Due to the expansionist nature of the empire, British women’s sexuality was closely governed. Memsahibs were understood to be vulnerable in the native space, due to their susceptibility to tropical illnesses, and due to the added fear of sexual violation. Racist stereotypes surrounding the native man’s carnality buttressed such suspicions, especially in light of the accounts of abuse and violence against British women during the revolt of 1857. Recent feminist historiography has revealed that such rumours stemmed from biases and prejudices rather than actual realities, and were meant to perpetuate the fear of the ‘Other’ among the British officers/community/etc. in India. However, such notions served to deepen the prejudice against interracial marriages. The issue of miscegenation deeply concerned the British administration also because the children of mixed couplings came to be tabooed. The presence of the Anglo-Indian race was a rude reminder of the racial crossings, and the resultant dilution of the white race in India. 

Nonetheless, a number of interracial relationships were borne out of the Raj. Not only did sahibs have children with native women, there are several cases of European women falling in love with and marrying Indian men. Unlike popular perception, the men who courted and wed white women were not licentious natives who fetishized white skin, but devoted husbands who deeply cared for the women they married. Some of the stories of such unlikely matches are extremely tender and romantic, and allow us an insight into fulfilling mixed unions that dispel stereotypes. Yet, the postcolonial imagination continues to fetishize such relationships. A good example is Indian Ink by Tom Stoppard.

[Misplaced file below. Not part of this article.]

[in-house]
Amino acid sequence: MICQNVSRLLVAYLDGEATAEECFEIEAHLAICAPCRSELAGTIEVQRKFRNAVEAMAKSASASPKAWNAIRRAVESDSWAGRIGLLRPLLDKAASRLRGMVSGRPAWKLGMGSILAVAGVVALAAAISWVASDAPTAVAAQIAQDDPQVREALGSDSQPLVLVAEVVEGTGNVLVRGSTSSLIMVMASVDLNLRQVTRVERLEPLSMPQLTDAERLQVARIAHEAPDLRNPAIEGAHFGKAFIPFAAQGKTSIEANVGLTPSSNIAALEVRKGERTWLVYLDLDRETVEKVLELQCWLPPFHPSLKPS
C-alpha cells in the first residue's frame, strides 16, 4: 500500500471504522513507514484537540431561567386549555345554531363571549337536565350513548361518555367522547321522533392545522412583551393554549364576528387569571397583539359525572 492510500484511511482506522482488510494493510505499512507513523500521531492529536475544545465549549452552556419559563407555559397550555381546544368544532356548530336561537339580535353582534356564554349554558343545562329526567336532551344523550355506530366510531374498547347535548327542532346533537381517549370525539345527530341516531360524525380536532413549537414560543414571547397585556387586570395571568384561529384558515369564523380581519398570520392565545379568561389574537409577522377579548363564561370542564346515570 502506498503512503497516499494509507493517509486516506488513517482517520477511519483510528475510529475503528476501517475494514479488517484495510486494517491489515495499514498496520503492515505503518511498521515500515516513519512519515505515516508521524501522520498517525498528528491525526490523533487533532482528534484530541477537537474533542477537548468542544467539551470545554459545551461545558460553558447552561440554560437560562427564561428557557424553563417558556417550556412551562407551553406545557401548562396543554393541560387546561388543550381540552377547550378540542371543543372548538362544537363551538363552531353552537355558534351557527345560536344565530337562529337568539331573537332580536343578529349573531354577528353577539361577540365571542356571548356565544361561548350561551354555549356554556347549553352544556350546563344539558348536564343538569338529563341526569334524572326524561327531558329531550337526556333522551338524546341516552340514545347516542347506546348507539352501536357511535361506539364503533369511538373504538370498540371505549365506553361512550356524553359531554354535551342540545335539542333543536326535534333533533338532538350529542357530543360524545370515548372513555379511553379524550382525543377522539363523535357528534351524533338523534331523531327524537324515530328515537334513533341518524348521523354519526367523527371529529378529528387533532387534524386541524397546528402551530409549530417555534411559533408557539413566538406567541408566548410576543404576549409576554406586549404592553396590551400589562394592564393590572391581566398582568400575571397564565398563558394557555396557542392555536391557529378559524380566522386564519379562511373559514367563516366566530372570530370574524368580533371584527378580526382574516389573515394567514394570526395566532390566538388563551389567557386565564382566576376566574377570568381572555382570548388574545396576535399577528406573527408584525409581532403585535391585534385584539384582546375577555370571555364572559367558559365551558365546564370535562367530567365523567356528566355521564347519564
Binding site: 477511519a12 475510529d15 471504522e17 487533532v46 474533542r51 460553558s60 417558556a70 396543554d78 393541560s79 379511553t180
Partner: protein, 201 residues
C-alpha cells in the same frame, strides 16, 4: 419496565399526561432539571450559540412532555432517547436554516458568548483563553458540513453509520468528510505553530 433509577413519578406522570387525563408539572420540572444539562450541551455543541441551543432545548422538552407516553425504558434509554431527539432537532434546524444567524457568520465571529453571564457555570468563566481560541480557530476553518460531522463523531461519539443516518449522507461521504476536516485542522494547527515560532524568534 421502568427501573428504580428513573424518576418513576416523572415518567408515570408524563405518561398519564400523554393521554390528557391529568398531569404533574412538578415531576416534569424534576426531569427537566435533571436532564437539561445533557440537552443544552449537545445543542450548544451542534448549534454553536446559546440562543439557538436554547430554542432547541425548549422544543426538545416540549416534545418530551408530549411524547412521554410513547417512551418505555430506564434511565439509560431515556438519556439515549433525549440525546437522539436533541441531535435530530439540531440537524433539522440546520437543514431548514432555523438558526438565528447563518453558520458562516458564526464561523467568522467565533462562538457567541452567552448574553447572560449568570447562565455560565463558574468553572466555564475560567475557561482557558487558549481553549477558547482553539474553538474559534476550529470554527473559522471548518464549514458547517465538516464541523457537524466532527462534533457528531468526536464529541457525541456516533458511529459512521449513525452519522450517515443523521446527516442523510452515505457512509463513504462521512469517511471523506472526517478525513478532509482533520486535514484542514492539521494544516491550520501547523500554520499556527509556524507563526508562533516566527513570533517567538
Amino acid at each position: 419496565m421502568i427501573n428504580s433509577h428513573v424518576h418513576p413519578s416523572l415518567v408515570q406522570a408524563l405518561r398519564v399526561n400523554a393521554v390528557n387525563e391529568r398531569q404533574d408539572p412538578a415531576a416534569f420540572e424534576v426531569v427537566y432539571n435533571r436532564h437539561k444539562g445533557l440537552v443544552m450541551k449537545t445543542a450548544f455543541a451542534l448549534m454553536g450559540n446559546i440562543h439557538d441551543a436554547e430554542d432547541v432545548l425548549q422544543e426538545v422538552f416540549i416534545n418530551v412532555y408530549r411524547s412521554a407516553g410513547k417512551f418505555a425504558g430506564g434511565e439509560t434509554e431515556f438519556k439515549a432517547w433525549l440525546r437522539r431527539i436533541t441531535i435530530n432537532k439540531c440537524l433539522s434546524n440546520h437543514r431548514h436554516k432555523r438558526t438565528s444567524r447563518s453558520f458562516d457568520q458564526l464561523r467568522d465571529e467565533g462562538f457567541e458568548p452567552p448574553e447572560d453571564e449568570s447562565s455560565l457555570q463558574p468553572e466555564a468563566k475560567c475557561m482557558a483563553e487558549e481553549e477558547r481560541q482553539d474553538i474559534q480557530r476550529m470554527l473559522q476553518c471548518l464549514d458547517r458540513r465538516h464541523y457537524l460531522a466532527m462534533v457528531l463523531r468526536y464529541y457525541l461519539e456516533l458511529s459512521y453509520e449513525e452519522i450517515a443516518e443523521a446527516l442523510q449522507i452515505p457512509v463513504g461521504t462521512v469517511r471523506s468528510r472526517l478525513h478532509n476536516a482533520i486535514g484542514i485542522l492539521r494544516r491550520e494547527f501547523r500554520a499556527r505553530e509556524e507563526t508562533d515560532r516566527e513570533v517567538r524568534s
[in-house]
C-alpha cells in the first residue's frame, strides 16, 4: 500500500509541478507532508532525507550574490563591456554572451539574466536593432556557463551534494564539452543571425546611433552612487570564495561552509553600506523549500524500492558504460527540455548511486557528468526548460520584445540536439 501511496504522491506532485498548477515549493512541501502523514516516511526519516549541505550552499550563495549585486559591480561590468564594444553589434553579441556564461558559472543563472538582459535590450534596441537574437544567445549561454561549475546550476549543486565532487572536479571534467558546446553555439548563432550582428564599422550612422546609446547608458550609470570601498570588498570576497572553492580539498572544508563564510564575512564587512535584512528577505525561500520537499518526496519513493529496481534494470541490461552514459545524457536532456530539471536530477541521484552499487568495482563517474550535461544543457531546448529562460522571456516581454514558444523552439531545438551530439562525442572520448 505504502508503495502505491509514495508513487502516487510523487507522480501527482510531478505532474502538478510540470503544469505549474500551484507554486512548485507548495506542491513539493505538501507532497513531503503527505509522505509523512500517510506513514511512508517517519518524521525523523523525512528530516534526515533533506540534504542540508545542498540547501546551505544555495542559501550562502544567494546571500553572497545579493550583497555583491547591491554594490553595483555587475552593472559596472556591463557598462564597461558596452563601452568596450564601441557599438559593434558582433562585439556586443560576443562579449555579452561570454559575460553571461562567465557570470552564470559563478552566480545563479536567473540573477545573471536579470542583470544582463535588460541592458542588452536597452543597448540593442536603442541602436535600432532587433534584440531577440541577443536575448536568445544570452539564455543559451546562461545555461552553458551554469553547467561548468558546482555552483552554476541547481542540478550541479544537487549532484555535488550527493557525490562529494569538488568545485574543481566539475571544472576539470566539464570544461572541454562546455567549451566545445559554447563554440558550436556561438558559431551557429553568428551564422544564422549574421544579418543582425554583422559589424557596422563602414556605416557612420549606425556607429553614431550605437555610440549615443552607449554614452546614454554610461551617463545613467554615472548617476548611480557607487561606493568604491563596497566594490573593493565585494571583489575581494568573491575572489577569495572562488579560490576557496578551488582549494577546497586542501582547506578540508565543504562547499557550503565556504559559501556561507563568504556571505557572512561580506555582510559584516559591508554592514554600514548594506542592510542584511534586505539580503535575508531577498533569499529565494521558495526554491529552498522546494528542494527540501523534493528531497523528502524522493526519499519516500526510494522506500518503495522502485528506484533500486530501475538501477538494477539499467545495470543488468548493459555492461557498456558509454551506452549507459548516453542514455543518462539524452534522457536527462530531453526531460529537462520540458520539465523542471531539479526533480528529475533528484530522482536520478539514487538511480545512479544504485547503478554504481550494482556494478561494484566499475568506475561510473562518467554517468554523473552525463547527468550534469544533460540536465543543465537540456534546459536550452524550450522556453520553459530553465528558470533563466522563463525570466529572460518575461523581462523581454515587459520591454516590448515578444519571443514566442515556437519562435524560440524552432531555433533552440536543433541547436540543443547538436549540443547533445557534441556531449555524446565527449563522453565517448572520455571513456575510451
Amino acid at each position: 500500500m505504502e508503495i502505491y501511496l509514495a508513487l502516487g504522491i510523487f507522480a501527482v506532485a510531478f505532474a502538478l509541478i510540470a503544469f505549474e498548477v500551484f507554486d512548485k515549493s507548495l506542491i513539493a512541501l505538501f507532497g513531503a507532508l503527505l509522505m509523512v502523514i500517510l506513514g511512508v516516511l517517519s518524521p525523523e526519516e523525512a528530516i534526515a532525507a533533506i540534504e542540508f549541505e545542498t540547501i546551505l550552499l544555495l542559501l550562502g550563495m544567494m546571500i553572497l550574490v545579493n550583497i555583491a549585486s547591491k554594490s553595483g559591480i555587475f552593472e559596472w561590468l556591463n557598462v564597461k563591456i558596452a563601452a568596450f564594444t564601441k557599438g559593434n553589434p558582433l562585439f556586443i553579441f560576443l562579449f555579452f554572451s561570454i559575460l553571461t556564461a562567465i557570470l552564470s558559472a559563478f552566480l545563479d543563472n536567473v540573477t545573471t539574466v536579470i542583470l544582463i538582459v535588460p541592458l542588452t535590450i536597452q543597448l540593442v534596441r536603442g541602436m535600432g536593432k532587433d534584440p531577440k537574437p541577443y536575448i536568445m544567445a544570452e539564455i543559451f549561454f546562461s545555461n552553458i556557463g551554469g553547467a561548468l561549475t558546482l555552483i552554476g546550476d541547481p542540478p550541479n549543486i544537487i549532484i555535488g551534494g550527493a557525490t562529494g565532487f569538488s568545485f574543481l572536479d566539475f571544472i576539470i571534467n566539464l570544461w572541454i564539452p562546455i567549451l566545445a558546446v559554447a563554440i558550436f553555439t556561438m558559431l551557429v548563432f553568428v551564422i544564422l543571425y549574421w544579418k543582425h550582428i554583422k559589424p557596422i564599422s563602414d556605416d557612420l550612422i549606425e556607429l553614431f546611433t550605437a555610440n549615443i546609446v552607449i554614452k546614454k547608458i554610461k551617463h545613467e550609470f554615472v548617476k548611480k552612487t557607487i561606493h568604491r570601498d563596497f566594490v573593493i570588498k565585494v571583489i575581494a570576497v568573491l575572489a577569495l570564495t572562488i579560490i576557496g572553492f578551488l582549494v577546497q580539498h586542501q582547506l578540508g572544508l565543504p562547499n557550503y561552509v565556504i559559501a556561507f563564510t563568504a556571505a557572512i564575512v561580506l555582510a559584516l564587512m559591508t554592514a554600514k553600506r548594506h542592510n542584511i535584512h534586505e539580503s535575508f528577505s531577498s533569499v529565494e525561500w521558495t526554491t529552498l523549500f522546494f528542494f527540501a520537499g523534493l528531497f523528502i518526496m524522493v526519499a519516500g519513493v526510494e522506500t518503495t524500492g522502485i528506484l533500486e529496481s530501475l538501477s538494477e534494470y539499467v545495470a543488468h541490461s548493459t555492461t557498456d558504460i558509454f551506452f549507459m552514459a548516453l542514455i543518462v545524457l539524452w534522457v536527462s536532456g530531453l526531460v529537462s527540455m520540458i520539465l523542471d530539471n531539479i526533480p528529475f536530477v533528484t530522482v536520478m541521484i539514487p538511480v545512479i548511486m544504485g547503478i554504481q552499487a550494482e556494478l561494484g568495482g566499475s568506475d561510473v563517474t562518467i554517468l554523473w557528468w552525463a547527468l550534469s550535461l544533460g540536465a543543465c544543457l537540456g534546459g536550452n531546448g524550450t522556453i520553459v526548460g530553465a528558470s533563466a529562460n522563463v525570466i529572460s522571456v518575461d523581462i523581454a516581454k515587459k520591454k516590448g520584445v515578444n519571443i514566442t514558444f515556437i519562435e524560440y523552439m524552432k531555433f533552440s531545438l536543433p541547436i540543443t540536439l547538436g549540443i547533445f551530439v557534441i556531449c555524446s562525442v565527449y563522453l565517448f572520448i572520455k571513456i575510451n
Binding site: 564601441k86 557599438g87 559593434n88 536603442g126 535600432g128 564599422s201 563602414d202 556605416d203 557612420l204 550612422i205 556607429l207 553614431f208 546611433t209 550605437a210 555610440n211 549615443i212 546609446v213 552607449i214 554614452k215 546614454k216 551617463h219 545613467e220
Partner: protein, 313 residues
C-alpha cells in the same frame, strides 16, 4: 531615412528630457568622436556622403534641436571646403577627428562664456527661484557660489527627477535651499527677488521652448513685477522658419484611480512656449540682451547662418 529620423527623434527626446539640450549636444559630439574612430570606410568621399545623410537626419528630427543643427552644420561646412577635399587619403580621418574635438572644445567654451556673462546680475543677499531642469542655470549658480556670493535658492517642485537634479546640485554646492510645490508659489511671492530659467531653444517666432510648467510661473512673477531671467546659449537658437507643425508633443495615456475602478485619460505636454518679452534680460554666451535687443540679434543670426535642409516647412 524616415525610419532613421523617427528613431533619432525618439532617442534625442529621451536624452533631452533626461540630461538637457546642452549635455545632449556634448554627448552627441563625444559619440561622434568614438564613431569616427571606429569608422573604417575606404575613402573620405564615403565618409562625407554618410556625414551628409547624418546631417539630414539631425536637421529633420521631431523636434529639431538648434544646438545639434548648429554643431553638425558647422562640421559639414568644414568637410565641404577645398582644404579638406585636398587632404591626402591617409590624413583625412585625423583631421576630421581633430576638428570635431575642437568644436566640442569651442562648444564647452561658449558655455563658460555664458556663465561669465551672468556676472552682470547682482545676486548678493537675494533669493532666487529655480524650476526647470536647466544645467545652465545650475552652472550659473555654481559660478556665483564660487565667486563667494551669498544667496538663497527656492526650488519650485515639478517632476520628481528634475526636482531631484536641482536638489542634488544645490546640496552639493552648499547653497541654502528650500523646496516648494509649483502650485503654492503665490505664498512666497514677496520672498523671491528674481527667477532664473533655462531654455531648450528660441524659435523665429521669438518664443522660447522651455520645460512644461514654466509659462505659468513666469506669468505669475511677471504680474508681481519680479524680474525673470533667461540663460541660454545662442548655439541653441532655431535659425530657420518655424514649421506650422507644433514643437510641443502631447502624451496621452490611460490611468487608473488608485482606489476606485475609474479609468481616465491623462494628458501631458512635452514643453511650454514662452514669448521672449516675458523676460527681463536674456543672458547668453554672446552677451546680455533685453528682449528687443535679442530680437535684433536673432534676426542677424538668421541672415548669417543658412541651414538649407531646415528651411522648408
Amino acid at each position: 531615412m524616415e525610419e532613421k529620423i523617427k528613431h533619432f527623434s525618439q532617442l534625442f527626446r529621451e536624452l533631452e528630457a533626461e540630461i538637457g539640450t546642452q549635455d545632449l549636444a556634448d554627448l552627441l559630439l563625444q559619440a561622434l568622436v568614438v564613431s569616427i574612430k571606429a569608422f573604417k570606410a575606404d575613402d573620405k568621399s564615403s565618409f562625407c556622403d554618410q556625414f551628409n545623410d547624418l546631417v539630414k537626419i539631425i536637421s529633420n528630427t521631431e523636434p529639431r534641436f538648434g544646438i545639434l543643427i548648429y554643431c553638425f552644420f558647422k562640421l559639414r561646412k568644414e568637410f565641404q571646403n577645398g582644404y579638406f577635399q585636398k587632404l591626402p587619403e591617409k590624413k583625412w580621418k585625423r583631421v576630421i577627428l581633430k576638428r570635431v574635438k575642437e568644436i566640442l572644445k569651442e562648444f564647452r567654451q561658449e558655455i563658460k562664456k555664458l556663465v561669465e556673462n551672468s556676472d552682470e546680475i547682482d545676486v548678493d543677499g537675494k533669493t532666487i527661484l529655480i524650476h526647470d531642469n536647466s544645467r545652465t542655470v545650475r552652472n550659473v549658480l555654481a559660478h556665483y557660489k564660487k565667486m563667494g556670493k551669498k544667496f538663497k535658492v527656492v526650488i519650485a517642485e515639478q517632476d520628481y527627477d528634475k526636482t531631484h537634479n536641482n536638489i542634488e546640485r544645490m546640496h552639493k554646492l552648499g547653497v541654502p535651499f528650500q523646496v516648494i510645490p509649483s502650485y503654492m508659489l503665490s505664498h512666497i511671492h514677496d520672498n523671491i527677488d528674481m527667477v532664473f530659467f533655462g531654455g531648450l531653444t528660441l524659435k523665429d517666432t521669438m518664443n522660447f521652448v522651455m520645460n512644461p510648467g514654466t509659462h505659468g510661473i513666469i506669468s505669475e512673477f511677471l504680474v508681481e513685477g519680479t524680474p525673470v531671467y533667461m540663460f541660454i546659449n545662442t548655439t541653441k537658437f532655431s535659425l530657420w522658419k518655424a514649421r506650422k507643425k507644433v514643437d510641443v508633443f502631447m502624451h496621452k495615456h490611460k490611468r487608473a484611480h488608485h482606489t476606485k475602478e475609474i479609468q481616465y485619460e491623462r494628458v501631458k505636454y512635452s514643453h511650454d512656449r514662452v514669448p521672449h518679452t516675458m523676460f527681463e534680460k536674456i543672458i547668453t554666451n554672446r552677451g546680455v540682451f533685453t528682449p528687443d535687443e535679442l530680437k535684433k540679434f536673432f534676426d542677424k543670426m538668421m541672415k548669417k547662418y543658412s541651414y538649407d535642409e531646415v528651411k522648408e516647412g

It must be said that during the colonial period, the so-called ‘transgressive’ marriages and subversive liaisons occurred despite the political and social repercussions. Such instances become testament to the fragility of social conventions and orthodox belief systems that attempt to negate sexual agency of the people. While it is difficult to draw direct parallels between the ‘forbidden liaisons’ of the Raj, and what constitutes as forbidden today, in the current political climate, it is not altogether impossible to locate similarity in the regimentalisation of love and desire in contemporary times. The idea of ‘forbidden’ remains rooted in the social divisions, be it class, caste, race, cultures, etc. and relationships that attempt to transcend these boundaries automatically are labelled as taboo or criminal. Interracial marriages during the Raj provoked as much backlash as inter-caste and interfaith marriages do today. 

Indeed, governments since time immemorial have attempted to curtail sexual and romantic desires, to maintain ‘social order’. However, history and literature demonstrate the sheer subversive quality of love as transgressive amours not only take place in spite of societal and political restrictions, but also are also consistently idealised and romanticised. The ultimate ineffectuality of the State or governments in the matters of the heart and soul can serve as a heady reminder of the potency of love and desire across time and culture.

Ipshita Nath teaches English Literature at University of Delhi. She is currently a doctoral candidate with Jamia Millia Islamia, and wrote her thesis on postcolonial representations of memsahibs in Indian literature. Her book of short stories, The Rickshaw Reveries, was published by Simon & Schuster India, in March 2020.

We publish all articles under a Creative Commons Attribution-Noderivatives license. This means any news organisation, blog, website, newspaper or newsletter can republish our pieces for free, provided they attribute the original source (OpenAxis).